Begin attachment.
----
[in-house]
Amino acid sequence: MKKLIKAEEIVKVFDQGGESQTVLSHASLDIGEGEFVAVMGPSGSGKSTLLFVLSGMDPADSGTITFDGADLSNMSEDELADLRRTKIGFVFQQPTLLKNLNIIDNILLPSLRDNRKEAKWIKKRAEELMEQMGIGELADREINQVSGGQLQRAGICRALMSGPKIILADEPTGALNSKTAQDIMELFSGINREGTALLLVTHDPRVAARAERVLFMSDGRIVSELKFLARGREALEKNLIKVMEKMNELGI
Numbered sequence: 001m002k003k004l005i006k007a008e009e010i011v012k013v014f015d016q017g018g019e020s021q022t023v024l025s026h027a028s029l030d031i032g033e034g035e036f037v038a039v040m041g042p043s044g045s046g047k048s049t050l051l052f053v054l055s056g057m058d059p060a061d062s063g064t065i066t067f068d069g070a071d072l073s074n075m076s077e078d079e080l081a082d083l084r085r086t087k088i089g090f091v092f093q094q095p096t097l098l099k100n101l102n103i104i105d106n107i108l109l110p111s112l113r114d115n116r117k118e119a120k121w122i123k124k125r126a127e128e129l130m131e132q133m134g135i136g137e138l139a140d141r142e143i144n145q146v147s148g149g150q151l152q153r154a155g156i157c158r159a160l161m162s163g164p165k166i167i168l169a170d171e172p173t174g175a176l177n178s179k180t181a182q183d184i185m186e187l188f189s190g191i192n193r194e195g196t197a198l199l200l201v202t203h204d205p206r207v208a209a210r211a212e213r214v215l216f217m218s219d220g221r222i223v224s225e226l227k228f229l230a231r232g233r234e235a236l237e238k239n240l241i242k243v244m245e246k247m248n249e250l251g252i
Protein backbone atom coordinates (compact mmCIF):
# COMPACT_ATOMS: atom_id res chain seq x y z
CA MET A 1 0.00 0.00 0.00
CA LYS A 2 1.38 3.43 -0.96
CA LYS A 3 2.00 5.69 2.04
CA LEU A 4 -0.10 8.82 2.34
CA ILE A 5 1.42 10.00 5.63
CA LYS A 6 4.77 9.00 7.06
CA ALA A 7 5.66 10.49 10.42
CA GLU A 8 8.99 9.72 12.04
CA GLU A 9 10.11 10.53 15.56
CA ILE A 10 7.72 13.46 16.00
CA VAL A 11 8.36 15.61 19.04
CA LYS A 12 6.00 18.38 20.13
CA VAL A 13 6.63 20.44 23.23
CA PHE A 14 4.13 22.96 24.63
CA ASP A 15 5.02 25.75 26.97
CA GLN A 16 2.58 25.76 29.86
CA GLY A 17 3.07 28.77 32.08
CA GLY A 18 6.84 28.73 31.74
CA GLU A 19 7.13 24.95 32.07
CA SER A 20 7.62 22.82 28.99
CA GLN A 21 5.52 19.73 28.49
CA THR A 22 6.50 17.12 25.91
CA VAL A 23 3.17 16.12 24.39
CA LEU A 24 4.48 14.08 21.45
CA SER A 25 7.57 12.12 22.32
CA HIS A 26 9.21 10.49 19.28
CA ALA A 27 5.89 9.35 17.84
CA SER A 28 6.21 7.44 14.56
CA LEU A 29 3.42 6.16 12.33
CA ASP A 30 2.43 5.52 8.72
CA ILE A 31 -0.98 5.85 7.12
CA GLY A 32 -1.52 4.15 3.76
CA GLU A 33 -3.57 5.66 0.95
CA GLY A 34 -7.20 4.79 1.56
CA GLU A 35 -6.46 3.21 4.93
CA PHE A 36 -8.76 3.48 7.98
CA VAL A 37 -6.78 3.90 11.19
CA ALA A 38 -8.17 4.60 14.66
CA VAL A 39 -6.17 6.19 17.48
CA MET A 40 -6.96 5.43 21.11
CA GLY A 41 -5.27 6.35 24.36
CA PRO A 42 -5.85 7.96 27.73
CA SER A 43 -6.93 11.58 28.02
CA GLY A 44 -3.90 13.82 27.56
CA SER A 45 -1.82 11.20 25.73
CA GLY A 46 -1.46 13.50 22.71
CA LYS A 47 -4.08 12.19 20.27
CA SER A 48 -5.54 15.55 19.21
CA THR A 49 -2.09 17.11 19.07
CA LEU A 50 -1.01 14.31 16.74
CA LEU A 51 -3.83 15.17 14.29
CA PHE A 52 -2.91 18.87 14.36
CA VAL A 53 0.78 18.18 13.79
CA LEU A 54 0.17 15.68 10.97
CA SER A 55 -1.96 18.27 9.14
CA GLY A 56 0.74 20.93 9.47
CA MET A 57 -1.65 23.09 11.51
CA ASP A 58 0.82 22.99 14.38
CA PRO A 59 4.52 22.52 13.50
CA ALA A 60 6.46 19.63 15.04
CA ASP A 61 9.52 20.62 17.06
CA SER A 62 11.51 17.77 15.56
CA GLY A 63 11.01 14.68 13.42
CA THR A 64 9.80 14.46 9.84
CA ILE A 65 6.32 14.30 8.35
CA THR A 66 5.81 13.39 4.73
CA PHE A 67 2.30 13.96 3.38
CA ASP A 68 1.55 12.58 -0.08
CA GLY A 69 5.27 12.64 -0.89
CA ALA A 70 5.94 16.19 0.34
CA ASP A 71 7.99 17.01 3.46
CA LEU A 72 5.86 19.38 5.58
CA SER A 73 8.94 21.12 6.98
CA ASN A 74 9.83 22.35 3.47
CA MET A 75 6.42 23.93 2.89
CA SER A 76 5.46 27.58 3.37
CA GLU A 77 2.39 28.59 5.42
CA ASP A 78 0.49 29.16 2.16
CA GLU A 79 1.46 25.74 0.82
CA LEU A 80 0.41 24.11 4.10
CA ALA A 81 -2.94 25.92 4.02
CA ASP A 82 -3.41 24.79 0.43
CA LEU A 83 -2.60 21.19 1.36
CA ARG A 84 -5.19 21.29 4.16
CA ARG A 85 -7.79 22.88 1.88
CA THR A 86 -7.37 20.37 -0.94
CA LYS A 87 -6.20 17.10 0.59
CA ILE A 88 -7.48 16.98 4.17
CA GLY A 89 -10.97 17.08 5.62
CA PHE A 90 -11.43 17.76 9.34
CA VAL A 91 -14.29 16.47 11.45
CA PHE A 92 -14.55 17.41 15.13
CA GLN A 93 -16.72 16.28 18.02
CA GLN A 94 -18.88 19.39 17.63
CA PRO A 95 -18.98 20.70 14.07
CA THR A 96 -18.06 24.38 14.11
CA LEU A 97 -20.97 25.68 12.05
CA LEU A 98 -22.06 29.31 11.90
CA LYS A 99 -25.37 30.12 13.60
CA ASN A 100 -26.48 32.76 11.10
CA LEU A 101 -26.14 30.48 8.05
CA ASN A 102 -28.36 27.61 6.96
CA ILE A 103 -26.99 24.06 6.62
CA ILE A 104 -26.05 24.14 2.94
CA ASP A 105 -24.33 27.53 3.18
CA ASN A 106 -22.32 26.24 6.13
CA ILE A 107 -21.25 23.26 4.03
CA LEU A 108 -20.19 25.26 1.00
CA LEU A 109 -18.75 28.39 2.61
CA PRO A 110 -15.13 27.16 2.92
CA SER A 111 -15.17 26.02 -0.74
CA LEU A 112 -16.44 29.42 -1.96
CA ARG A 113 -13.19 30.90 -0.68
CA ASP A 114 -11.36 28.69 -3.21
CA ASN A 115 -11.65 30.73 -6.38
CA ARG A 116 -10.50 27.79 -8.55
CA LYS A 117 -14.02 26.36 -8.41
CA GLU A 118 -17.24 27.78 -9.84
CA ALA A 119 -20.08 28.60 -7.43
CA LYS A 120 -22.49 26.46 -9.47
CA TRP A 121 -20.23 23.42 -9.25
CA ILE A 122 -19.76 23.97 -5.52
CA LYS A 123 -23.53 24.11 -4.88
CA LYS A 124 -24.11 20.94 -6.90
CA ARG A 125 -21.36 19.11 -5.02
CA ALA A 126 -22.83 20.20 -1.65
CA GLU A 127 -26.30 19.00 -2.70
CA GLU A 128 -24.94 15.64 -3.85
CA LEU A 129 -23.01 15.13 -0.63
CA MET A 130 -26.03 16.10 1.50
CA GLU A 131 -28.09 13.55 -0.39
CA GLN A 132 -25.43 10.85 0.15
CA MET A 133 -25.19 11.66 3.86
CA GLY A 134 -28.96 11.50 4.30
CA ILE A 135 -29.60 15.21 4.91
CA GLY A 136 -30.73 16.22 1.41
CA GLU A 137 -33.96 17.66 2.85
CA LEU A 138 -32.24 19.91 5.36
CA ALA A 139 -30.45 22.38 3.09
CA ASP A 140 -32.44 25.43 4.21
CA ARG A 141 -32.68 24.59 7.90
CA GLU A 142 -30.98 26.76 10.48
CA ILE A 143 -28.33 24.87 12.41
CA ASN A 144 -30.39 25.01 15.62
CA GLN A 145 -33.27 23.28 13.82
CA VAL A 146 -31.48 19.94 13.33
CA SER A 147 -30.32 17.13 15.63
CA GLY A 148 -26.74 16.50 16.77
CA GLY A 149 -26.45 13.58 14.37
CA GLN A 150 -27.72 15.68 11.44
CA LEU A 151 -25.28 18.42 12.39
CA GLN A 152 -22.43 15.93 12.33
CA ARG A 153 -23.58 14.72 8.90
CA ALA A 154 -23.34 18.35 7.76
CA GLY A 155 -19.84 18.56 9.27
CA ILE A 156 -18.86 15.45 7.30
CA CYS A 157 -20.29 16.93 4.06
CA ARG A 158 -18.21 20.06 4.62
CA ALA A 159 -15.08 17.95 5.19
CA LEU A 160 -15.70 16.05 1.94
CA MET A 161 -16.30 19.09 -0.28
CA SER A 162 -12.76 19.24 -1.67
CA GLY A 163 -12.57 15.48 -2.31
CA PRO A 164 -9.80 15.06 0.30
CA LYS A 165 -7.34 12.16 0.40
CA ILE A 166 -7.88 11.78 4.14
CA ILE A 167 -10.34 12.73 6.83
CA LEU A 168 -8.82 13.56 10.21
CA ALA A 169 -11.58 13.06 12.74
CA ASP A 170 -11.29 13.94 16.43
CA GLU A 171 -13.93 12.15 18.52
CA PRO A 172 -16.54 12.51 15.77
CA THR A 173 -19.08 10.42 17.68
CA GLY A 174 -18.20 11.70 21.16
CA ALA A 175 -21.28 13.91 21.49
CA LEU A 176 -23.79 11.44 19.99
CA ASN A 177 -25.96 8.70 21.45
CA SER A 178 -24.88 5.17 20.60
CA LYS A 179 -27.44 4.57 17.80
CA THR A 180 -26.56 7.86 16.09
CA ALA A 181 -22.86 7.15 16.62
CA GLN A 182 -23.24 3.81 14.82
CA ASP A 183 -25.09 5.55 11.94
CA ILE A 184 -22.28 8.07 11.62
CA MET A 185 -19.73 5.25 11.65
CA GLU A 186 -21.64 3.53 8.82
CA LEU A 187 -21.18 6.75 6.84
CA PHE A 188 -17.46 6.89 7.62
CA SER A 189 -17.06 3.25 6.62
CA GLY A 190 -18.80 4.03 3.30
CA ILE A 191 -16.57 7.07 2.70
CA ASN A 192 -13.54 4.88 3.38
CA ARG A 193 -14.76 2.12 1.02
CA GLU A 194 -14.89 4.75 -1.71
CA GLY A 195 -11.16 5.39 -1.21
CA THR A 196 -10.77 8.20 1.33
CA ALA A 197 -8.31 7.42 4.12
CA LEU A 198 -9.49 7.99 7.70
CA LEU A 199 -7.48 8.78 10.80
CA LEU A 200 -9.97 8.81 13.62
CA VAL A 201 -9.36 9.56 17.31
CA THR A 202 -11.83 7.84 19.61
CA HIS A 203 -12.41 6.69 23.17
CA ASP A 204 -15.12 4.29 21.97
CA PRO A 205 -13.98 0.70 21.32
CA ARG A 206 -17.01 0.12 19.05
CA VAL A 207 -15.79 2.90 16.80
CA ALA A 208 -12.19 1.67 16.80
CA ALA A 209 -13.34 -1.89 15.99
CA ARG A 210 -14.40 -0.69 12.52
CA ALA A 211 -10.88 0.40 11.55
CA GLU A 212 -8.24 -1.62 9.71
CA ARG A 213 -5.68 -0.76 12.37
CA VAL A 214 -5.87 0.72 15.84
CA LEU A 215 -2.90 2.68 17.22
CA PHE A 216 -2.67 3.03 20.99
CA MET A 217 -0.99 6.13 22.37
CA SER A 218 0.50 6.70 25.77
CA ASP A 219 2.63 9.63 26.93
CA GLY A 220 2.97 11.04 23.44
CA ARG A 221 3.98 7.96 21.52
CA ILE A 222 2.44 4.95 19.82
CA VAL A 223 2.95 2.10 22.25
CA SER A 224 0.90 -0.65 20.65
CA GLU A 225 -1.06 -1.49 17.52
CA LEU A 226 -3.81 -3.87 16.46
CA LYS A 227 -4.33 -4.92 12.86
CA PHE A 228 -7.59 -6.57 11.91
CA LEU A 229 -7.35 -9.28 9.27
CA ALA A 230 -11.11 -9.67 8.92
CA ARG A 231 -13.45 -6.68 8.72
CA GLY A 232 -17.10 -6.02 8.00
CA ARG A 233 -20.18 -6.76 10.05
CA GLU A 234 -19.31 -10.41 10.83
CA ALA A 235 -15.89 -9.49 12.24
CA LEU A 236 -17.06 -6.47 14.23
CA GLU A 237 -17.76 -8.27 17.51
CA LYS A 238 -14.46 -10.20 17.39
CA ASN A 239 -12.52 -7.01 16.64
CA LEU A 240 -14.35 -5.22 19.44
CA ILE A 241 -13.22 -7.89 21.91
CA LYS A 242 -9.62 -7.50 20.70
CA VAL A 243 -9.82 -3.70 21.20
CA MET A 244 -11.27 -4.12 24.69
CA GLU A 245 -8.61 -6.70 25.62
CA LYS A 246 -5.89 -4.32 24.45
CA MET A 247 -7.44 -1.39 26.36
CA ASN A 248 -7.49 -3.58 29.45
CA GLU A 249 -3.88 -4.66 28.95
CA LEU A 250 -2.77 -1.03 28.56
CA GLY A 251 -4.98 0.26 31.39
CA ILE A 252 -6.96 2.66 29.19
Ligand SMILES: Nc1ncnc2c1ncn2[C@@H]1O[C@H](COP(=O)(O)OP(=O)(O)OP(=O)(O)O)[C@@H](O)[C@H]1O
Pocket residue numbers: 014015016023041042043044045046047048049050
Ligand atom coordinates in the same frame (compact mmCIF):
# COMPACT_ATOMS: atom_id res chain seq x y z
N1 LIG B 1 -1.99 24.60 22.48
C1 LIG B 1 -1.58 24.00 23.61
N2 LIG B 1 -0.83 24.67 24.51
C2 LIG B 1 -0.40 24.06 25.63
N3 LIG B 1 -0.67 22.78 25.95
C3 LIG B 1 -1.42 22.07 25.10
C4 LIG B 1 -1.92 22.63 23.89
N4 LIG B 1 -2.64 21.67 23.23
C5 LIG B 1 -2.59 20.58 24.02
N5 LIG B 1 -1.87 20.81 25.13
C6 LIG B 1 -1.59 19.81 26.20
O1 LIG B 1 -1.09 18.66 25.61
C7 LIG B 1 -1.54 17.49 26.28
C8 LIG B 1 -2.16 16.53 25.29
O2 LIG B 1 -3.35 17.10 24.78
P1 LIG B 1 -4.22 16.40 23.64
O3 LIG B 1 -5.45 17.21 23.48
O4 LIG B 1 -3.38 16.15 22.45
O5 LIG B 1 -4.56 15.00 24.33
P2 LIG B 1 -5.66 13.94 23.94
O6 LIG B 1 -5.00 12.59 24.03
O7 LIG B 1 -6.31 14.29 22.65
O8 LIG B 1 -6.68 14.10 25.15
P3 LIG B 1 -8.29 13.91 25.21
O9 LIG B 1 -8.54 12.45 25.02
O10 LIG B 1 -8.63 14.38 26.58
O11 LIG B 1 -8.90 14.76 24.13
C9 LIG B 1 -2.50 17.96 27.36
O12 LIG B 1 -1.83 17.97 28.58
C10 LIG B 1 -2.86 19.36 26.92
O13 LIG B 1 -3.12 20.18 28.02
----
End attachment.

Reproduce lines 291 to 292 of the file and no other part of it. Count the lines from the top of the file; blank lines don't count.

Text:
C10 LIG B 1 -2.86 19.36 26.92
O13 LIG B 1 -3.12 20.18 28.02